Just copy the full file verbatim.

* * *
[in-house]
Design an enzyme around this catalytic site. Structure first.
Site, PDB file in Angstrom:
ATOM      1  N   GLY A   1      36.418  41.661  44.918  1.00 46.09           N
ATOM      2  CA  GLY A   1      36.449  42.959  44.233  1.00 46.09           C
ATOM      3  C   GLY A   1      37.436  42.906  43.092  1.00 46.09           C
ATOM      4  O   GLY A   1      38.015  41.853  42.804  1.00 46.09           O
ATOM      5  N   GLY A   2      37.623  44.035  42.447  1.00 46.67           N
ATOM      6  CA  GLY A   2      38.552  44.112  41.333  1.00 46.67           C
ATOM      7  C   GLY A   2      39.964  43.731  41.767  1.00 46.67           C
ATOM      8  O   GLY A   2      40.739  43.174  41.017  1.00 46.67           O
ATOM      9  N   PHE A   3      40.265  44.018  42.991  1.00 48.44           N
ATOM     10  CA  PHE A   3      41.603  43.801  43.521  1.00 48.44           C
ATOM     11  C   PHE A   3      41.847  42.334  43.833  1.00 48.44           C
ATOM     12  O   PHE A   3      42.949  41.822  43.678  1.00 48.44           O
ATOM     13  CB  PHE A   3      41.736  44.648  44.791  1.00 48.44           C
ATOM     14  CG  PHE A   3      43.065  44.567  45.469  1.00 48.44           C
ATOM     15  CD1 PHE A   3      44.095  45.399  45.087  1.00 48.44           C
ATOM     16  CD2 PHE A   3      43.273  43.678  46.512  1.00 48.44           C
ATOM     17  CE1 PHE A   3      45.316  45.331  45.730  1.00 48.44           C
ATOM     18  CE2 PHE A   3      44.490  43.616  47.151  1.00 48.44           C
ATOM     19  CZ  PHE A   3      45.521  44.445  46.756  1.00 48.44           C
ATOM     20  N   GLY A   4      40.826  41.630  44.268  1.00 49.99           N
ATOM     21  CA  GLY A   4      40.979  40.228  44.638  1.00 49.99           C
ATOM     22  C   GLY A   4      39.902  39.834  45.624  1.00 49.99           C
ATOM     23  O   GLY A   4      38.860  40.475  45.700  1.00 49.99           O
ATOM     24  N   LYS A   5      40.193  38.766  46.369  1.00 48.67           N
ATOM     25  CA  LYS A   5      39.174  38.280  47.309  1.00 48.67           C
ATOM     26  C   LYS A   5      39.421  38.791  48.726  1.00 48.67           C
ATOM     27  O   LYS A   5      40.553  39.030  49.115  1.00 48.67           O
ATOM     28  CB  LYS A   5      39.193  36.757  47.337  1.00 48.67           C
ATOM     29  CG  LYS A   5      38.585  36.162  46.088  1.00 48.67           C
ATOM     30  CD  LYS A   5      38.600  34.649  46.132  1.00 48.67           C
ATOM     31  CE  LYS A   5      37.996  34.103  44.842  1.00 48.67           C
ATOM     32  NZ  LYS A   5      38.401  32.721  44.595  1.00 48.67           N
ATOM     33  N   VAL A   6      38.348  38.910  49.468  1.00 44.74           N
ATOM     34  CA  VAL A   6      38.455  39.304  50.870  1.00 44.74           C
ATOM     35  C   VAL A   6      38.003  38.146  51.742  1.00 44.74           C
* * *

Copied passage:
[in-house]
Design an enzyme around this catalytic site. Structure first.
Site, PDB file in Angstrom:
ATOM      1  N   GLY A   1      36.418  41.661  44.918  1.00 46.09           N
ATOM      2  CA  GLY A   1      36.449  42.959  44.233  1.00 46.09           C
ATOM      3  C   GLY A   1      37.436  42.906  43.092  1.00 46.09           C
ATOM      4  O   GLY A   1      38.015  41.853  42.804  1.00 46.09           O
ATOM      5  N   GLY A   2      37.623  44.035  42.447  1.00 46.67           N
ATOM      6  CA  GLY A   2      38.552  44.112  41.333  1.00 46.67           C
ATOM      7  C   GLY A   2      39.964  43.731  41.767  1.00 46.67           C
ATOM      8  O   GLY A   2      40.739  43.174  41.017  1.00 46.67           O
ATOM      9  N   PHE A   3      40.265  44.018  42.991  1.00 48.44           N
ATOM     10  CA  PHE A   3      41.603  43.801  43.521  1.00 48.44           C
ATOM     11  C   PHE A   3      41.847  42.334  43.833  1.00 48.44           C
ATOM     12  O   PHE A   3      42.949  41.822  43.678  1.00 48.44           O
ATOM     13  CB  PHE A   3      41.736  44.648  44.791  1.00 48.44           C
ATOM     14  CG  PHE A   3      43.065  44.567  45.469  1.00 48.44           C
ATOM     15  CD1 PHE A   3      44.095  45.399  45.087  1.00 48.44           C
ATOM     16  CD2 PHE A   3      43.273  43.678  46.512  1.00 48.44           C
ATOM     17  CE1 PHE A   3      45.316  45.331  45.730  1.00 48.44           C
ATOM     18  CE2 PHE A   3      44.490  43.616  47.151  1.00 48.44           C
ATOM     19  CZ  PHE A   3      45.521  44.445  46.756  1.00 48.44           C
ATOM     20  N   GLY A   4      40.826  41.630  44.268  1.00 49.99           N
ATOM     21  CA  GLY A   4      40.979  40.228  44.638  1.00 49.99           C
ATOM     22  C   GLY A   4      39.902  39.834  45.624  1.00 49.99           C
ATOM     23  O   GLY A   4      38.860  40.475  45.700  1.00 49.99           O
ATOM     24  N   LYS A   5      40.193  38.766  46.369  1.00 48.67           N
ATOM     25  CA  LYS A   5      39.174  38.280  47.309  1.00 48.67           C
ATOM     26  C   LYS A   5      39.421  38.791  48.726  1.00 48.67           C
ATOM     27  O   LYS A   5      40.553  39.030  49.115  1.00 48.67           O
ATOM     28  CB  LYS A   5      39.193  36.757  47.337  1.00 48.67           C
ATOM     29  CG  LYS A   5      38.585  36.162  46.088  1.00 48.67           C
ATOM     30  CD  LYS A   5      38.600  34.649  46.132  1.00 48.67           C
ATOM     31  CE  LYS A   5      37.996  34.103  44.842  1.00 48.67           C
ATOM     32  NZ  LYS A   5      38.401  32.721  44.595  1.00 48.67           N
ATOM     33  N   VAL A   6      38.348  38.910  49.468  1.00 44.74           N
ATOM     34  CA  VAL A   6      38.455  39.304  50.870  1.00 44.74           C
ATOM     35  C   VAL A   6      38.003  38.146  51.742  1.00 44.74           C